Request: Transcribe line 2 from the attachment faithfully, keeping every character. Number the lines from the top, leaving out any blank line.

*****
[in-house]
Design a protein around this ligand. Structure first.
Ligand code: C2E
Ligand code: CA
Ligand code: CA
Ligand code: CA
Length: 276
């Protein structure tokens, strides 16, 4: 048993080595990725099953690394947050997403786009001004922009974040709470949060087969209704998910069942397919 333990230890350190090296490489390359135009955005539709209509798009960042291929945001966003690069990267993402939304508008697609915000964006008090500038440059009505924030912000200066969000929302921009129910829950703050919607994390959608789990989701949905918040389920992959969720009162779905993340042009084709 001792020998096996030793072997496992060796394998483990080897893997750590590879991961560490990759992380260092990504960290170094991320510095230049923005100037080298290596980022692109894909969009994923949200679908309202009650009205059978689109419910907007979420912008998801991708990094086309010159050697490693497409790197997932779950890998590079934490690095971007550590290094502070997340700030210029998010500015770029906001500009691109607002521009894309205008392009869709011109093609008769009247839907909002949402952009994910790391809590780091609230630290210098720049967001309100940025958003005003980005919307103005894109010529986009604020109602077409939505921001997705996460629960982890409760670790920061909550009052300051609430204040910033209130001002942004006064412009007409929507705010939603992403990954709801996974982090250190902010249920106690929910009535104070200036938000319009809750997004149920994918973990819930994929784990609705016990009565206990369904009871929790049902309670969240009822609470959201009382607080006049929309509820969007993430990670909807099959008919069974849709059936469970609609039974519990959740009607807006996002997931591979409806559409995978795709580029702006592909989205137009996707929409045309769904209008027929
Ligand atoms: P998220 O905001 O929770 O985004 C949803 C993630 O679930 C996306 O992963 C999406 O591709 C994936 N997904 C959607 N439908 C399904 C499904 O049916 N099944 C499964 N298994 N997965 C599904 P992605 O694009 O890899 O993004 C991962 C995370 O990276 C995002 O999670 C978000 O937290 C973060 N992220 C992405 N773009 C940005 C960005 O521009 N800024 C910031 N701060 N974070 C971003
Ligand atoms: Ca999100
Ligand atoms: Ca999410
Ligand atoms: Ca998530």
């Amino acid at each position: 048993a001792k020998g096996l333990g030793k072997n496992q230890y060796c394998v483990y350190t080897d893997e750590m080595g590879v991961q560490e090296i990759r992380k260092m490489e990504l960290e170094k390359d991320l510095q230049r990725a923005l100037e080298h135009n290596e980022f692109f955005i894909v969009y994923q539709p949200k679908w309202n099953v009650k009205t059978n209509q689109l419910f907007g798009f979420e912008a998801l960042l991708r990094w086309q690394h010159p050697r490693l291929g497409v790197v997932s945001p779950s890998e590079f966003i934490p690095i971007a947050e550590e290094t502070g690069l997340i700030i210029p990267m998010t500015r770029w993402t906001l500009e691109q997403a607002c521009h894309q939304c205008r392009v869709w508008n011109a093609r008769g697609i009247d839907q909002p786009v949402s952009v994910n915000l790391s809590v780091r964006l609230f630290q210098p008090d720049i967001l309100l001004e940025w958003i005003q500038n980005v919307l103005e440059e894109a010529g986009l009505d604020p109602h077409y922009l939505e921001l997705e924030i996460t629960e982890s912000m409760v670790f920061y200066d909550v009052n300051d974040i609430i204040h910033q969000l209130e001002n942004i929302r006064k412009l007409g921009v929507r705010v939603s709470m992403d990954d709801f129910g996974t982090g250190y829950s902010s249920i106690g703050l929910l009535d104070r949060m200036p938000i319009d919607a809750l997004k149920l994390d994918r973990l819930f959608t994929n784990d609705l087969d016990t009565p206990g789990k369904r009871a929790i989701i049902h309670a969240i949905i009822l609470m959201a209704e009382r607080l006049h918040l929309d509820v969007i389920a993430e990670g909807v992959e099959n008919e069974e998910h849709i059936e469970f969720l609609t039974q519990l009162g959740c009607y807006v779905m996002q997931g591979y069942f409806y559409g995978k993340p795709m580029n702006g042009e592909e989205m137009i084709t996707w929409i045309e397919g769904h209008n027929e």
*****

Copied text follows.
Design a protein around this ligand. Structure first.